vaadin performance auditing


  1. How does the vaadin team ensure that performance does not degrade from release to release, and how do you set your benchmark for what a base performance should be for something like a new widget?

  2. What is everyone’s take on the theoretical slow down one should experience using vaadin since everything is done on the server side vs doing the same thing on the client side? For example server side validation of a text field would definitely be slower than client side validation, due to the round trips.


Our build / continuous integration system (TeamCity) makes builds every night (and on demand) and runs some 500+ regression tests. The tests are timed, so we get execution time for each test in milliseconds. TeamCity offers some nice statistics and execution time graphs about the tests. In addition, we follow the Jar size, DefaultWidgetSet size, and theme size.

This does not, by itself, ensure that performance never degrades, but at least we’re more aware of any unexpected jumps. Some jumps are expected; for example, the Drag&Drop functionality caused some 20% jump in the size of DefaultWidgetset. It’s unfortunate, but what can you do?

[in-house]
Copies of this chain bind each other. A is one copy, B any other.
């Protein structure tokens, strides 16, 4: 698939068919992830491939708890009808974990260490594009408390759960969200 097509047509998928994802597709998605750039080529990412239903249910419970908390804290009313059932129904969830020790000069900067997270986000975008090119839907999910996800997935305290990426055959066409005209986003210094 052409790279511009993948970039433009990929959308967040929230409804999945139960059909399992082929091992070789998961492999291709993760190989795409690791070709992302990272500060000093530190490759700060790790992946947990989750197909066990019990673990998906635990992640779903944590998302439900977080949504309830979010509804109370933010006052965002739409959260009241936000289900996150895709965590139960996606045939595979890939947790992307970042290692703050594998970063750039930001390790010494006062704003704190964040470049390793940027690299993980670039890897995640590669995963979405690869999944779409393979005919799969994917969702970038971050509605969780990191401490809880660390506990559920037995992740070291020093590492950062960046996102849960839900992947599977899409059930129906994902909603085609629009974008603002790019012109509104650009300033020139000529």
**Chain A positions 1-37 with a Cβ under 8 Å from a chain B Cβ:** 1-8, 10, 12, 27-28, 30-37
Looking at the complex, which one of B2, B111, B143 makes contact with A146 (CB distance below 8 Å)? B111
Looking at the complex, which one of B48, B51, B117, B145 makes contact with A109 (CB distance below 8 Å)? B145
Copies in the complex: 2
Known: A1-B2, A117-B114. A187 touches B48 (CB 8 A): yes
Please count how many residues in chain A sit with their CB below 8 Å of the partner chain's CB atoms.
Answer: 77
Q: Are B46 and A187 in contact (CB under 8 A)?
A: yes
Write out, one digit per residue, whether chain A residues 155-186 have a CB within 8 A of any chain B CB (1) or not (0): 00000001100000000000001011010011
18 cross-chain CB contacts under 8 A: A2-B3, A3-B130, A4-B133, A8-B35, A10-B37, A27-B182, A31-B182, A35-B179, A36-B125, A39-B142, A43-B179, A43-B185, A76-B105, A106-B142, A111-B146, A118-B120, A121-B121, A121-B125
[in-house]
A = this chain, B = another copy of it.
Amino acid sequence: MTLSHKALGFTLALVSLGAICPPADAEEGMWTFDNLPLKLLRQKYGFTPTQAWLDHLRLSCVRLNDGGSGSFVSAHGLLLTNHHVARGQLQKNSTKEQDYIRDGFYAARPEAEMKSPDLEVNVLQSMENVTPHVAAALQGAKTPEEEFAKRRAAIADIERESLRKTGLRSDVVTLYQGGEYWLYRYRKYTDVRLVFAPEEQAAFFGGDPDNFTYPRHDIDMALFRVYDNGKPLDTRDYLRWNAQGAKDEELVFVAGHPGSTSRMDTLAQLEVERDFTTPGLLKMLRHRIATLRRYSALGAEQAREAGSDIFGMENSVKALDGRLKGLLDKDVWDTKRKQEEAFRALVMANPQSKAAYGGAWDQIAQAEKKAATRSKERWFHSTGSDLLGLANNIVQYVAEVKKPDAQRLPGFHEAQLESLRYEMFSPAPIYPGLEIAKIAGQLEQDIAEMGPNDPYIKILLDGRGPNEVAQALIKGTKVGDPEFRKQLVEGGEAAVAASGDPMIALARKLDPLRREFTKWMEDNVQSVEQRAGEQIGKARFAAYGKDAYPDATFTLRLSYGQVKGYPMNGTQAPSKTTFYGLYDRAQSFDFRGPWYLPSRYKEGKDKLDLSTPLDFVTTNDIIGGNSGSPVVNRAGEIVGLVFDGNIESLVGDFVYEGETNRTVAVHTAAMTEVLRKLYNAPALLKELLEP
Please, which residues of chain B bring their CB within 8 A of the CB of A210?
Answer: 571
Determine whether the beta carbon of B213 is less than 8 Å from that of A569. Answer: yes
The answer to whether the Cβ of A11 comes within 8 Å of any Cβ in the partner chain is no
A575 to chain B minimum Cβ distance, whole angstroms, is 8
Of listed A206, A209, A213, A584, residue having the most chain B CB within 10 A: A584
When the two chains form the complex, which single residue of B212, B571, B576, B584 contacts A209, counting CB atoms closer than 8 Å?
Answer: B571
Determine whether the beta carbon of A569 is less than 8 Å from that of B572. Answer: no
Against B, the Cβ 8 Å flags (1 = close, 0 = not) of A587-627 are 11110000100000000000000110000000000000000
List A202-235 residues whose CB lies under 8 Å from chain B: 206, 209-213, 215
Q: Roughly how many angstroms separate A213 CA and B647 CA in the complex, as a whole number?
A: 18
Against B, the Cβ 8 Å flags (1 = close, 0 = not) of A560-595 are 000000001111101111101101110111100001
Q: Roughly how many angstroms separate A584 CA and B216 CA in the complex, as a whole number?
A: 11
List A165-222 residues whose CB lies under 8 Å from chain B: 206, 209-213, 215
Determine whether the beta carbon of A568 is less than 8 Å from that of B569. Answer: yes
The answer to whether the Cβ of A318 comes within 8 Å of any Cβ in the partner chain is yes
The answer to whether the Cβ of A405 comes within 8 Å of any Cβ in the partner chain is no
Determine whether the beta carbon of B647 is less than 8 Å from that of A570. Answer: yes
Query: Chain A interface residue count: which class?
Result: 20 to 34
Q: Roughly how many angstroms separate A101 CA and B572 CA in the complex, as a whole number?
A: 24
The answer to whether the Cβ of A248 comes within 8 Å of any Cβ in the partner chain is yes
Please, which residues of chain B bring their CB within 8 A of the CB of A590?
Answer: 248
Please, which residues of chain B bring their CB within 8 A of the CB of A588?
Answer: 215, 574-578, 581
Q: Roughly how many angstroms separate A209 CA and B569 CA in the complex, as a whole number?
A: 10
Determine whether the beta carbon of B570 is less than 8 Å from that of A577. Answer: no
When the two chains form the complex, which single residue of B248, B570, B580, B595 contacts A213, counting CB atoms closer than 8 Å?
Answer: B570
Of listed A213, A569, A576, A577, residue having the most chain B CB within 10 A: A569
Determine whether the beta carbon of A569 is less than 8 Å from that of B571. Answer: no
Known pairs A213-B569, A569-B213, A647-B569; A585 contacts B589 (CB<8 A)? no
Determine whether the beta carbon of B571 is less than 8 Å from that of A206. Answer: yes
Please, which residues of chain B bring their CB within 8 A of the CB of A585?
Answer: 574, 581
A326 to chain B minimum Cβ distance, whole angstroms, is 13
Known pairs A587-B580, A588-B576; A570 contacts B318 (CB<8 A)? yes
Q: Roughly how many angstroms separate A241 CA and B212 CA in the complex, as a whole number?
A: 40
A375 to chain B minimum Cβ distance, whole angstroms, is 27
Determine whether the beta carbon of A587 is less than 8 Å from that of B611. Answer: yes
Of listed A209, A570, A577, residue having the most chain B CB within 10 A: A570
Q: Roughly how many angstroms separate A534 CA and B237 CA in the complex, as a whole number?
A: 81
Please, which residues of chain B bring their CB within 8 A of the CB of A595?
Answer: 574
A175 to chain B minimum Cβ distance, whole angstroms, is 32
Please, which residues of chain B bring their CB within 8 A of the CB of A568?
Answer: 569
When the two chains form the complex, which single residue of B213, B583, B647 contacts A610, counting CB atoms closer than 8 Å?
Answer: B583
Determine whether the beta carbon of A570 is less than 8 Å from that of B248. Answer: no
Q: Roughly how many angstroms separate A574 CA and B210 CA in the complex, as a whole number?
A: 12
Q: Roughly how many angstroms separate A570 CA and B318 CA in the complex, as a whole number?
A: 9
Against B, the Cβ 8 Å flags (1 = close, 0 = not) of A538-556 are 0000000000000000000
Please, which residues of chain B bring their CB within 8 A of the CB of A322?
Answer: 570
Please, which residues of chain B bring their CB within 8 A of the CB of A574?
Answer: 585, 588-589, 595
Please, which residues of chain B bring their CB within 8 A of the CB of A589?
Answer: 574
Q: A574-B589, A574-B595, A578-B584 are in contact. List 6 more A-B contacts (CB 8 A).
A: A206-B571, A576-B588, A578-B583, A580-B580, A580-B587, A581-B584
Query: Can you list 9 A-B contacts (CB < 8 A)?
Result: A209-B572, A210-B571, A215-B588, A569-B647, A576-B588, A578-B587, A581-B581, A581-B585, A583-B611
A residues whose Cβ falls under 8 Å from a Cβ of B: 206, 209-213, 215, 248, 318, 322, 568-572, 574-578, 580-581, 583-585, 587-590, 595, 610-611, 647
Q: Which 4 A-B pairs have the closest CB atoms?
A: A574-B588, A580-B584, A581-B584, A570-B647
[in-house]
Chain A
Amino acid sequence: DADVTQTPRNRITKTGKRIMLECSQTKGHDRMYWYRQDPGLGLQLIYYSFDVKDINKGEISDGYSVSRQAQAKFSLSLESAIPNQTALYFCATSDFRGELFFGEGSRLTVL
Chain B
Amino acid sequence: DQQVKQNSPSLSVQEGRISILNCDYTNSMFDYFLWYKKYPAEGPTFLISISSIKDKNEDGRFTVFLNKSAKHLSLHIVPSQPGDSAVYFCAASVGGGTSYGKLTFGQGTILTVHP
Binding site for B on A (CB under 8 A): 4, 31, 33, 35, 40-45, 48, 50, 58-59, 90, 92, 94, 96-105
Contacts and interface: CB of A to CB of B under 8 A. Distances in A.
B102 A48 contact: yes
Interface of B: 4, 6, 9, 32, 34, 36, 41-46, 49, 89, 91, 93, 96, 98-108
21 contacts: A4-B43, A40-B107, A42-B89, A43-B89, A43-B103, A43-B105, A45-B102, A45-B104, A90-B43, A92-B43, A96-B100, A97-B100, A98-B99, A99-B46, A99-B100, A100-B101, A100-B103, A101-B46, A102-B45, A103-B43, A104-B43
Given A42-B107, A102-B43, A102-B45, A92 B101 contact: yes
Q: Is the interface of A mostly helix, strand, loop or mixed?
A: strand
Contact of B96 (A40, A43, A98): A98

There’s no particular benchmark for the performance of new widgets.

The answer depends mostly on network latency. On a fast network, a 10x jump from some 5 ms to 50 ms would not be noticeable. The problem is, of course, the slow networks, where the slowdown is significant. For example, a typical round-trip time in GPRS or EDGE is around 600 ms, so you’d get a 100x slowdown.

If server-side validation is an issue, you can use, for example, the
CS Validation library
, which offers a client-side validated TextField.

The slowdown also depends on programming practices. If you’re worried about latency, avoid active validation with the immediate mode; only validate on commit clicks, etc.

As you pointed out server-side validation is one of the most common cases where server-side ria is more “chatty” than client-side ria. That said - one must also note that communication is asynchronous and server-side validation request doesn’t block user for continue filling the next field even in the case of really slow networks. Thus real-world use-cases where there is a real difference in the responsiveness of client- and server-side ria are quite few. If one bumps into those use-cases, it is always possible to resolve them by moving those specific cases to client-side.

great thank you all for the input. this is what i was looking for.